You identify yourself directly with Latinos.
.LAT is a short, intuitive and easy-to-remember domain. This new label identifies all those internet projects with a Latino origin, or trying to connect or communicate with Latinos.
High availability of names.
By being a new gLTD, you will have a higher opportunity to choose the domain you really want, providing more visibility to your name, brand or project.
It offers new business opportunities
The .LAT domain opens new opportunities to all of those wanting to start a project directed to the Latino market around the world.
Oriented towards an attractive, open and growing market.
Latinos are an emerging market with high growth potential around the world. The entrepreneurial profile of the latest Latino generations has helped them increase their financial capacity and purchasing power.
If you are Latin American:
- It is a domain that identifies you and other Latinos around the world.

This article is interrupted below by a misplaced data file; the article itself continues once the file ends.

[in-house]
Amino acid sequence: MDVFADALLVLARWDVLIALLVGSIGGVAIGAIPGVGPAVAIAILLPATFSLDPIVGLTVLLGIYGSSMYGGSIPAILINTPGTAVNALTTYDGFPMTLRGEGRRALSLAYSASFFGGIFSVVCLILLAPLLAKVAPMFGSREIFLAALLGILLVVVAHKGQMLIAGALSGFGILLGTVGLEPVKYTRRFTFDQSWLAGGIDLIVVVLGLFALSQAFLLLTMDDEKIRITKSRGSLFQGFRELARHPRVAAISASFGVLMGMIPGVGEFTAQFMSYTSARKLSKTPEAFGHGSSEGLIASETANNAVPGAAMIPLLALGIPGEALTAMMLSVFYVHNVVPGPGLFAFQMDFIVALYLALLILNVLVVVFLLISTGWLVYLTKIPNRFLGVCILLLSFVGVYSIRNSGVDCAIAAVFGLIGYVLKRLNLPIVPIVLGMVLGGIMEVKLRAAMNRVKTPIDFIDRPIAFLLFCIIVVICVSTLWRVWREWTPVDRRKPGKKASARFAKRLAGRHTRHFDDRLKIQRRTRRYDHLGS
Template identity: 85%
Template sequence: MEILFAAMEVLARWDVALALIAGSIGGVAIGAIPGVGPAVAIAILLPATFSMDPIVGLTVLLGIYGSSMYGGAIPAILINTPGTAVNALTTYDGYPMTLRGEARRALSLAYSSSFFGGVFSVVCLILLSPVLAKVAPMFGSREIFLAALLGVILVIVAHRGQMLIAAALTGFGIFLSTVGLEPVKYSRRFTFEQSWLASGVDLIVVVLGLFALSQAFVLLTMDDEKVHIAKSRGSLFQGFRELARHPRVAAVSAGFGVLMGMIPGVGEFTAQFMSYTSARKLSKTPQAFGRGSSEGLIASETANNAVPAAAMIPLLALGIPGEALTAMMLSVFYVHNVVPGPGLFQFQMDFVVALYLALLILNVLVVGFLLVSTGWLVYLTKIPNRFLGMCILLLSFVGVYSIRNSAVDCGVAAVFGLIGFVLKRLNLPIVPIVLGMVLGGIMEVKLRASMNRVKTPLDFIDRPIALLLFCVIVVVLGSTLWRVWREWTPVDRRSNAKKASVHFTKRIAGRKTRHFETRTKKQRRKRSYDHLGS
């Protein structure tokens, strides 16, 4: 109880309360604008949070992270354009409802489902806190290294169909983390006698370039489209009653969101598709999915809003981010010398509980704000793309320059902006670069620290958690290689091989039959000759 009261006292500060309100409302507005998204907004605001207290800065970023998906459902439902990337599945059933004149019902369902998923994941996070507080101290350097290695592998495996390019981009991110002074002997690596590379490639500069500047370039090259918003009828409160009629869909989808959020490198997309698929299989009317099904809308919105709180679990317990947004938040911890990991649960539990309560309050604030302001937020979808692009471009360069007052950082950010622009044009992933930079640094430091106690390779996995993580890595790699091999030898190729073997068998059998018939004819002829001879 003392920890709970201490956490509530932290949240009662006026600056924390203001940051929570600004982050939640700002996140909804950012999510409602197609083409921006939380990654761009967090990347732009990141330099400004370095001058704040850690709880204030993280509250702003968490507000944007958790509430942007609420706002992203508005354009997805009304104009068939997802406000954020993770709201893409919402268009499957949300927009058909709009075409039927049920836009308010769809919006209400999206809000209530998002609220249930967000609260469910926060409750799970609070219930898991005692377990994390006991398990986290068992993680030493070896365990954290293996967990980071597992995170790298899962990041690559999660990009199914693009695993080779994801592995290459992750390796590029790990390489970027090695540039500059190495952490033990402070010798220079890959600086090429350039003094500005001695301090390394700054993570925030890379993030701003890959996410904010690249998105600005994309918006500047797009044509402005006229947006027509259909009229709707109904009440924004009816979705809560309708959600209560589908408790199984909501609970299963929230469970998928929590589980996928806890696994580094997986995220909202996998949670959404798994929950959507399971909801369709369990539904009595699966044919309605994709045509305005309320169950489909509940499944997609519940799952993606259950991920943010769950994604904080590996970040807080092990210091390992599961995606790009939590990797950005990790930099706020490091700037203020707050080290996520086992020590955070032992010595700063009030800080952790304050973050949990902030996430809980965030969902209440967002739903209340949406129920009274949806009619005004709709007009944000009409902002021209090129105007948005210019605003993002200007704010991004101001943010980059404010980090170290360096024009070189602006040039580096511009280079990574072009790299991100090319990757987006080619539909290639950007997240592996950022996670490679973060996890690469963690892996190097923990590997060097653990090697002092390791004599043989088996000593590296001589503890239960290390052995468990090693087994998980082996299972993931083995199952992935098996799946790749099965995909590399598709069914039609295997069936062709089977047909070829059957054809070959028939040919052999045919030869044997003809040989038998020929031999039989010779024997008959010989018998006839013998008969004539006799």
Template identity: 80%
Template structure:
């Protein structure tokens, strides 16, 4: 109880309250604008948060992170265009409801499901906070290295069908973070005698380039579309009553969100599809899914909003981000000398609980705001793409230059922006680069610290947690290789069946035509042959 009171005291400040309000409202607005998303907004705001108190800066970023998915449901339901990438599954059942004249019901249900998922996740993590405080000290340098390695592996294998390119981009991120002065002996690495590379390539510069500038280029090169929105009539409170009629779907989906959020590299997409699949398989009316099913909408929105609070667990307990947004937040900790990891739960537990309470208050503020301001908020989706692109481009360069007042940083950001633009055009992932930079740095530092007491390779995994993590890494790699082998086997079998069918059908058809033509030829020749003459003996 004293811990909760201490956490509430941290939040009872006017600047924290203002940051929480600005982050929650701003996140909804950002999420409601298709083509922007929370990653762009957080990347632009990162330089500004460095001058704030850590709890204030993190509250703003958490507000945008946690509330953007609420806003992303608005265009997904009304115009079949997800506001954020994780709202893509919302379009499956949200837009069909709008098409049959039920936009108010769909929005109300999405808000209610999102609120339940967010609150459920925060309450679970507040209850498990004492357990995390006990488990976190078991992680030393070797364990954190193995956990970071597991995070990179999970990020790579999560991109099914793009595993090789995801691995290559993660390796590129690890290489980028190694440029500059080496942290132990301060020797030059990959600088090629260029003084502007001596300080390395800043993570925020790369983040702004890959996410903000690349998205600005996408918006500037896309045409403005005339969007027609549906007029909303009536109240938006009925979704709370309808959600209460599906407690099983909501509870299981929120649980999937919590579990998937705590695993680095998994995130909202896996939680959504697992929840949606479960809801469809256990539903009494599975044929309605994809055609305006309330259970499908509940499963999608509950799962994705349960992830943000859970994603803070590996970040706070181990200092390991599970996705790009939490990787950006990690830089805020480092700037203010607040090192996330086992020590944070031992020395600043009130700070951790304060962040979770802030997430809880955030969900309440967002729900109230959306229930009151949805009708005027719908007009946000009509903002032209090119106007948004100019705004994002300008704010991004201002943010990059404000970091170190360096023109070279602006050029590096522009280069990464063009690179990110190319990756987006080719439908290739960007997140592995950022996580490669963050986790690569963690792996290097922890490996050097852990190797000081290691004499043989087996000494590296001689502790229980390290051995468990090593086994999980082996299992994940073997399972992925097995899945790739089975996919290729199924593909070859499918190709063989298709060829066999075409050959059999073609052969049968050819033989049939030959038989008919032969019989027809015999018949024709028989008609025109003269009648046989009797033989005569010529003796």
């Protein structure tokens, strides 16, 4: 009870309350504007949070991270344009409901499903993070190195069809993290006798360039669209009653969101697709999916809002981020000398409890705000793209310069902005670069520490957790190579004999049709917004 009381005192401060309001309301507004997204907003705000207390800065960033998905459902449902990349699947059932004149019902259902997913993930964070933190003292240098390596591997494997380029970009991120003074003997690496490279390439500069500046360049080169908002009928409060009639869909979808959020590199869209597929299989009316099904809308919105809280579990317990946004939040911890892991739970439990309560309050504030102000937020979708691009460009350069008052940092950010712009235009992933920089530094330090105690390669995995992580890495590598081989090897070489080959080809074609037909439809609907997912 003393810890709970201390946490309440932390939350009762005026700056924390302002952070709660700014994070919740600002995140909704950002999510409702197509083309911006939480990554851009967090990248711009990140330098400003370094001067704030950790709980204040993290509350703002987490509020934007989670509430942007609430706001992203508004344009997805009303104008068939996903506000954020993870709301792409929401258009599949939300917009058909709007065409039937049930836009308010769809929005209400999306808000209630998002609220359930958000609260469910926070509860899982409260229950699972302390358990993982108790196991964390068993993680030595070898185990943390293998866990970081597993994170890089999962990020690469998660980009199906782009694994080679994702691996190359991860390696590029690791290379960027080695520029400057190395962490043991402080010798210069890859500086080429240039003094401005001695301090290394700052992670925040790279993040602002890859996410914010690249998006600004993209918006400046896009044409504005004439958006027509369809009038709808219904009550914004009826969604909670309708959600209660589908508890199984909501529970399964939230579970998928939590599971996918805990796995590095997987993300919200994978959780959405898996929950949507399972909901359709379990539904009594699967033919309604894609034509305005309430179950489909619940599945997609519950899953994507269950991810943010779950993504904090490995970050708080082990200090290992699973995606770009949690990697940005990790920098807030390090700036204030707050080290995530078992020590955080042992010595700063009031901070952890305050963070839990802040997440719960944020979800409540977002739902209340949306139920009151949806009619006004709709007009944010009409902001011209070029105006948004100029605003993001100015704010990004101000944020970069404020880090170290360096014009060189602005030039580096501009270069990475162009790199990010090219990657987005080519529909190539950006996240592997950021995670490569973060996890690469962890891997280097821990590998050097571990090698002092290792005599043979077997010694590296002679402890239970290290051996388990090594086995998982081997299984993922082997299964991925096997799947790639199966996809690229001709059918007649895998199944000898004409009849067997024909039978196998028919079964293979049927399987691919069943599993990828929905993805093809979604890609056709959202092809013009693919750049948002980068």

- By being on the Internet with a .LAT domain, you give your idea, project and business, a seal of identity.
- It strengthens the effectiveness of your communication, as it directly communicates who you are, making you easily recognizable.
- With .LAT you get Internet presence around the world, displaying your Latino identity with pride.
If you’re interested in communicating or connecting with Latinos:
- By 2013 Latin America will have approximately 255 million Internet users, representing 43% of the population.
- Latinos are the second largest ethnic group in the United States, with approximately 50 million people, reaching 17% of the country’s total population.
- The use of Internet in Latin America increases at a pace of 13% annually, higher than any other region around the world.
- In 2012, 78% of Latin Americans in the United States were connected to the Internet. Taking 2009 as a reference, where it had grown 14% in just three years.
- By September 2013, Spanish was by far the second most spoken language in the United States with over 37 million speakers. Additionally, Spanish is the most spoken language by non-Latinos in the United States, after English.